Rubber Extends Fourth Monthly Decline on Oil Drop, Chinese Data

Rubber extended a fourth monthly decline as a drop in oil and weaker-than-expected Chinese economic data cut the appeal of the commodity as an alternative to synthetic products used in tires.

Rubber for delivery in November dropped 0.5 percent to end at 257 yen a kilogram ($2,566 a metric ton) on the Tokyo Commodity Exchange. Futures lost 1.6 percent in May and have declined 15 percent this year.

Brent crude dropped below $100 a barrel for the first time in a month and WTI declined amid speculation that stockpiles will climb after the Organization of Petroleum Exporting Countries kept its production target unchanged. China’s private manufacturing index today fell more than forecast to 49.2, an eight-month low, from 50.4. Levels below 50 signal contraction, according to the government data.

“Sharp falls in crude oil prices and a slowdown in Chinese economic data hurt market sentiment, driving a decline on Tocom,” Sureerat Kunthongjun, an analyst at Agrow Enterprise Ltd., said by phone from Bangkok.

Japan’s currency traded near a three-week high against the dollar, cutting the appeal of the yen-denominated futures, as a decline in global stocks raised investor appetite for the haven.

“Rubber came under pressure as it lost support from the currency and energy markets,” Takaki Shigemoto, an analyst at research company JSC Corp., said by phone.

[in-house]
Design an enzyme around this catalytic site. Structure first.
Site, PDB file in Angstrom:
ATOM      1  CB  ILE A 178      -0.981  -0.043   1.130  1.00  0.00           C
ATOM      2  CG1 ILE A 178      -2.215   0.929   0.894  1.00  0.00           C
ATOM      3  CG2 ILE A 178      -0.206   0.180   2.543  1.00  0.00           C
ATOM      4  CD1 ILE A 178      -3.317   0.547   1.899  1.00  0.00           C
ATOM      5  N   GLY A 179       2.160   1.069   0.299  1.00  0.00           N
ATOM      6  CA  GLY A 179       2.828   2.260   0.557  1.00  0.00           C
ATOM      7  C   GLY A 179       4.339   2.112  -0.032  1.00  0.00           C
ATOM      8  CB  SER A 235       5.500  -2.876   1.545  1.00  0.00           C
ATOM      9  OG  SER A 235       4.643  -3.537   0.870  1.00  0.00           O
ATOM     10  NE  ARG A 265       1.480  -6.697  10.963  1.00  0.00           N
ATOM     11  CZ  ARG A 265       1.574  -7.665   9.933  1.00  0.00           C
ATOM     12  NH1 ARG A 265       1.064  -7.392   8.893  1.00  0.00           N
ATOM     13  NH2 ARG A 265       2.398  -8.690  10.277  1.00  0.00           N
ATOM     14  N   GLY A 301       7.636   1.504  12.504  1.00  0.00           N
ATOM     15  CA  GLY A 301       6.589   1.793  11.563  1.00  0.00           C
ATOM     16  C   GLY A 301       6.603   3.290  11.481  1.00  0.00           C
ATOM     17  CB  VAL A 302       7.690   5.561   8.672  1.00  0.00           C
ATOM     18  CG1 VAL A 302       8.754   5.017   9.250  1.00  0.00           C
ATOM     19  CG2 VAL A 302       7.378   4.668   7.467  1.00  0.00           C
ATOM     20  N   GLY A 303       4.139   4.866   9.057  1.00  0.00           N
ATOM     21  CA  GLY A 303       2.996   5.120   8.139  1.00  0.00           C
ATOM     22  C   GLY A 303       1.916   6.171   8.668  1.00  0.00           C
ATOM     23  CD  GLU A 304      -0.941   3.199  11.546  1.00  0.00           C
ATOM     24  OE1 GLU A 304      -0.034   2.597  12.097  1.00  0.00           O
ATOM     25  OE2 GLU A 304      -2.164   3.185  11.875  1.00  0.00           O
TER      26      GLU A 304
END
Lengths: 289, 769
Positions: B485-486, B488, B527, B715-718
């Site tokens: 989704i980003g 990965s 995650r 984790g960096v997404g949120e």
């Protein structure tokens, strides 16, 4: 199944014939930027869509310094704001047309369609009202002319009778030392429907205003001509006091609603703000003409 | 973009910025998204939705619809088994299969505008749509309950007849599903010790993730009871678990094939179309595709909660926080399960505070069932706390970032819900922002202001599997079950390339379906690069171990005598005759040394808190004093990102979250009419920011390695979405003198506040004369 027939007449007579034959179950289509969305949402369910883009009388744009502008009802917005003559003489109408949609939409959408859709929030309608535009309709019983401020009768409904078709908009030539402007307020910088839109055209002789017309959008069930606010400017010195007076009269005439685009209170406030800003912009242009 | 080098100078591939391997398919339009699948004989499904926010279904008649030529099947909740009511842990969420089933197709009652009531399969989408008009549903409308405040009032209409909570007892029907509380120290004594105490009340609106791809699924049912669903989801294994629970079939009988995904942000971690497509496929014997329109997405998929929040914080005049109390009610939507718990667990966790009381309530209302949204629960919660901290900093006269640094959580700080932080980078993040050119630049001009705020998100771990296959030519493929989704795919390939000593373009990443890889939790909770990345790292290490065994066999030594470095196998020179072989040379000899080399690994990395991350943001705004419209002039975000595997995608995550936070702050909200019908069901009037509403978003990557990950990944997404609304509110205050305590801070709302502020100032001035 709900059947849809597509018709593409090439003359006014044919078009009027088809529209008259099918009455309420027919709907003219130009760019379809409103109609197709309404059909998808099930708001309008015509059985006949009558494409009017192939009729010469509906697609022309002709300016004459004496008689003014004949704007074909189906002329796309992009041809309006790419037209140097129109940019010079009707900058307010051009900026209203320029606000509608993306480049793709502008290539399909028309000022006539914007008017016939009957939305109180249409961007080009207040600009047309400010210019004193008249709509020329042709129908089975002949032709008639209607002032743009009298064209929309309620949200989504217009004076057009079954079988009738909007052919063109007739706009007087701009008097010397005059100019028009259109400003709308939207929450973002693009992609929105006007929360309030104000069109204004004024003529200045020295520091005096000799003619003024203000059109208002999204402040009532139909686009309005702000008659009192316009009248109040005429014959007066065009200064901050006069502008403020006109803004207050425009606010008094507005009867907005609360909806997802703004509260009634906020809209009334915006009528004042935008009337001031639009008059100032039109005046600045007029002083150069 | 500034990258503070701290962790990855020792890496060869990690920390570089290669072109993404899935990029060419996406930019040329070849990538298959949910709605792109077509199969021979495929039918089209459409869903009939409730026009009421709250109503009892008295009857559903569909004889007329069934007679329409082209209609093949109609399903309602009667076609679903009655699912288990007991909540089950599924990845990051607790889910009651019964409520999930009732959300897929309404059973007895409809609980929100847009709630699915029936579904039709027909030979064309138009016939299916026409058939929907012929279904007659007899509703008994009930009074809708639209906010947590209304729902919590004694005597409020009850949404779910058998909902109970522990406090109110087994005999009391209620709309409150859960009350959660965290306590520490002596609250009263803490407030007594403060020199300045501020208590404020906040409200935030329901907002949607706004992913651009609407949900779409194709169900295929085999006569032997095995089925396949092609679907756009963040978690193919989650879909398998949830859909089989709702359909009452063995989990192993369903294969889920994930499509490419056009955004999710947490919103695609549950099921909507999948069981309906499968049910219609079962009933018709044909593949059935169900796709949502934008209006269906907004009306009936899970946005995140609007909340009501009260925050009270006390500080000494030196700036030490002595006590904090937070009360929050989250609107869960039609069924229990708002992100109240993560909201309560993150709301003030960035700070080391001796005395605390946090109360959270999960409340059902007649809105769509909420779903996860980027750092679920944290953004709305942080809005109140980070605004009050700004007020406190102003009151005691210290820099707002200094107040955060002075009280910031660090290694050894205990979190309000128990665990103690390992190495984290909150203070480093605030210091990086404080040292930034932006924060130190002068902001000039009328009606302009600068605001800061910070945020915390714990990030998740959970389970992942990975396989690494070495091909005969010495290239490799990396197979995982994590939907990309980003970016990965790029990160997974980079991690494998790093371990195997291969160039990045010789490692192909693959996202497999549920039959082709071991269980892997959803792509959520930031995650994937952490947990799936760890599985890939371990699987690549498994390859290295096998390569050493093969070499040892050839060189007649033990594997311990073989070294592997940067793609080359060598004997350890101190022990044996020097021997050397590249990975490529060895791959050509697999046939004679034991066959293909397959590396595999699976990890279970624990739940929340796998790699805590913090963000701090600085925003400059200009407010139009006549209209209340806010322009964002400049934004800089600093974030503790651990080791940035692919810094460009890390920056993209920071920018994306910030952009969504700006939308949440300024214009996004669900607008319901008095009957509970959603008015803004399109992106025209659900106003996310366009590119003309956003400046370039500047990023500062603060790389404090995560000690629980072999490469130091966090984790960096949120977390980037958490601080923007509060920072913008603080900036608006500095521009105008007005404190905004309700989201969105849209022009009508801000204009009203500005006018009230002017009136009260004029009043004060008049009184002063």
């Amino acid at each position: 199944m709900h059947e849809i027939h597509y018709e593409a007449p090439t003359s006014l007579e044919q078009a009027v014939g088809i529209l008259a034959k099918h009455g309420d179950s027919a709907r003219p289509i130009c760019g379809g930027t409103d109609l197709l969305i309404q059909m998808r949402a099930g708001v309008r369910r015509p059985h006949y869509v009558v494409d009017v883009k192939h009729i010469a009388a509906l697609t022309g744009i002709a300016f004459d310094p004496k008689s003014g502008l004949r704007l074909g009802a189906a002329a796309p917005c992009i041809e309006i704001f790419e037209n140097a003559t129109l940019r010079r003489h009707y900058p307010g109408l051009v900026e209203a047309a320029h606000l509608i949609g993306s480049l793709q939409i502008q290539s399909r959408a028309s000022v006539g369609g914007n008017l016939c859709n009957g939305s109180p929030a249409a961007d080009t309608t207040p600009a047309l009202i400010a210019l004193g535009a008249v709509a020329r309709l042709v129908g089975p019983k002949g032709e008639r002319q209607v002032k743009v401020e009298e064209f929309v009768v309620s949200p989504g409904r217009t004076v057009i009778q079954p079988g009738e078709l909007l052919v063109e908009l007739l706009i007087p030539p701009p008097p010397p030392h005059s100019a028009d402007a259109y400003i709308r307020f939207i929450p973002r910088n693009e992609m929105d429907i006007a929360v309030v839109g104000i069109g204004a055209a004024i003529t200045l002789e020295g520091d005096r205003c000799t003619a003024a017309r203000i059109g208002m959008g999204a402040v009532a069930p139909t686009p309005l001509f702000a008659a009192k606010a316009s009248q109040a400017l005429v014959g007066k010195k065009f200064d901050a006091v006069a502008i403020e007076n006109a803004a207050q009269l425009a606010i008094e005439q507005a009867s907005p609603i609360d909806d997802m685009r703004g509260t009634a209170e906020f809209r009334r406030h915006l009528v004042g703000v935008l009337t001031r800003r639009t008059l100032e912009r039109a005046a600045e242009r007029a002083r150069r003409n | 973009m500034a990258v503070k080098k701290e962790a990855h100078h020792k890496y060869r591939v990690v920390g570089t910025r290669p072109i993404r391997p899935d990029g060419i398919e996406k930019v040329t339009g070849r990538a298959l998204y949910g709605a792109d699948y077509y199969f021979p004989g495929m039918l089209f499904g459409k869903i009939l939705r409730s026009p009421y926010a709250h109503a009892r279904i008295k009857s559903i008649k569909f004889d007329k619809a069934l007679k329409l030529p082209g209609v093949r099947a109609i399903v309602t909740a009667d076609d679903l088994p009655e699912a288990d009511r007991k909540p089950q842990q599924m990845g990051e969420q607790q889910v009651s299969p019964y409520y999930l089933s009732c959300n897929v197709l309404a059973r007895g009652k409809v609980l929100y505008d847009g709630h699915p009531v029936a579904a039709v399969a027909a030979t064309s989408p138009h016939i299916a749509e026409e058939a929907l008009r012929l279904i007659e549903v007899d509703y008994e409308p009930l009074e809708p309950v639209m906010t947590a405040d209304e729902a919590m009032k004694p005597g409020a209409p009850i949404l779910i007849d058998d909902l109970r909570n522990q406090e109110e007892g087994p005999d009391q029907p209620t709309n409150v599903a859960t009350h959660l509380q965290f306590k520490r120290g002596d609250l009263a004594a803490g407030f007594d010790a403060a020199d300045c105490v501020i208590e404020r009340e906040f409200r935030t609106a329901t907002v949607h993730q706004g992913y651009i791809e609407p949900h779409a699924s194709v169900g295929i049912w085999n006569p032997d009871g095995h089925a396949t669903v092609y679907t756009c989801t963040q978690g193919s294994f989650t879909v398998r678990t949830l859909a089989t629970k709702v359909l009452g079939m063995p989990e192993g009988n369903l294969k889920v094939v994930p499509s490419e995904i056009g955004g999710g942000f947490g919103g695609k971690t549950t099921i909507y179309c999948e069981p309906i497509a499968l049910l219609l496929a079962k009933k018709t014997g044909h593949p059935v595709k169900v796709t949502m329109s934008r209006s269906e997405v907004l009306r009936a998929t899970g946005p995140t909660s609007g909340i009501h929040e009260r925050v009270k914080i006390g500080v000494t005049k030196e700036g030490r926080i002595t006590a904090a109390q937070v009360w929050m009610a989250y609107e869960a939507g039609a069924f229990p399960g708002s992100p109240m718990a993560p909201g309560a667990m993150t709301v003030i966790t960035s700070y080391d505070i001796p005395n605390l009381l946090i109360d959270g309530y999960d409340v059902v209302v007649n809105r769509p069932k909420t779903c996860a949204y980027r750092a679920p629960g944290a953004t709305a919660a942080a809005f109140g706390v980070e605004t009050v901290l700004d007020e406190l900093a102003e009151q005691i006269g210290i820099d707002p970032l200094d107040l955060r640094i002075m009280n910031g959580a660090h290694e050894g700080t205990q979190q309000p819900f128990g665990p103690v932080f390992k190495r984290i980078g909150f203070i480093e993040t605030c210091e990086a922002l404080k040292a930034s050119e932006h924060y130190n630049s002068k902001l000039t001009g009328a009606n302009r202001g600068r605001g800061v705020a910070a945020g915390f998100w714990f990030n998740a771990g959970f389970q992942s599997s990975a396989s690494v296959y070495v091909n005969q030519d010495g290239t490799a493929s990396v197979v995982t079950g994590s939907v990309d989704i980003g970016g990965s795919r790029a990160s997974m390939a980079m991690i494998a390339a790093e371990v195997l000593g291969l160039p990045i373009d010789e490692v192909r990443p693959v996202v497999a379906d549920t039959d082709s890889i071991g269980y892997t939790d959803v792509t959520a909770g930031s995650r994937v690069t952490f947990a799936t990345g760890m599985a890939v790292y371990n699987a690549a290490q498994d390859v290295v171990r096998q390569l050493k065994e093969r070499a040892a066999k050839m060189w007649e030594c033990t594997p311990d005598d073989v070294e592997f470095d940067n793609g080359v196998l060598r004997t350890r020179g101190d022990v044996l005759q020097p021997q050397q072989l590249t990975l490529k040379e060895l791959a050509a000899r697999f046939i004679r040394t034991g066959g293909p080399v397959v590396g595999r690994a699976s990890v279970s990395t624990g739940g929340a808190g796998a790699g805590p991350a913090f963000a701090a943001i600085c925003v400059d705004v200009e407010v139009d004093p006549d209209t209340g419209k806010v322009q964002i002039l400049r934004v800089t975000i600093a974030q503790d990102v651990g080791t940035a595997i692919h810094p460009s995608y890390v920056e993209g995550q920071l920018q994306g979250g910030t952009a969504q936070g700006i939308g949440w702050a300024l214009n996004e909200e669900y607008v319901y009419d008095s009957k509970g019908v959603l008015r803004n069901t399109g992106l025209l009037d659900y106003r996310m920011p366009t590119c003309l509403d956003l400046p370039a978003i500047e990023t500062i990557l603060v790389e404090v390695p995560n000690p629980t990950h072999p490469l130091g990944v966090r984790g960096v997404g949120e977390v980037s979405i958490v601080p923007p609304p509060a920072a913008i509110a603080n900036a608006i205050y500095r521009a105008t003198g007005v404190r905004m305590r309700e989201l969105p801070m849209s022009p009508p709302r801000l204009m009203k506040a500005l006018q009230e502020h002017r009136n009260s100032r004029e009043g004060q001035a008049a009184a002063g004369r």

Thai rubber free-on-board fell 3.8 percent to 88.40 baht ($2.91) a kilogram today, the lowest level since May 3, according to the Rubber Research Institute of Thailand.

Rubber for delivery in September on the Shanghai Futures Exchange rose 1.2 percent to close at 18,955 yuan ($3,091) a ton. Natural-rubber inventories dropped for a fourth week, by 0.6 percent, to 114,225 tons, the bourse said on May 31, based on a survey of nine warehouses in Shanghai, Shandong, Yunnan, Hainan and Tianjin, according to the exchange.

To contact the reporters on this story: Aya Takada in Tokyo at atakada2@bloomberg.net; Supunnabul Suwannakij in Bangkok at ssuwannakij@bloomberg.net

To contact the editor responsible for this story: Brett Miller at bmiller30@bloomberg.net

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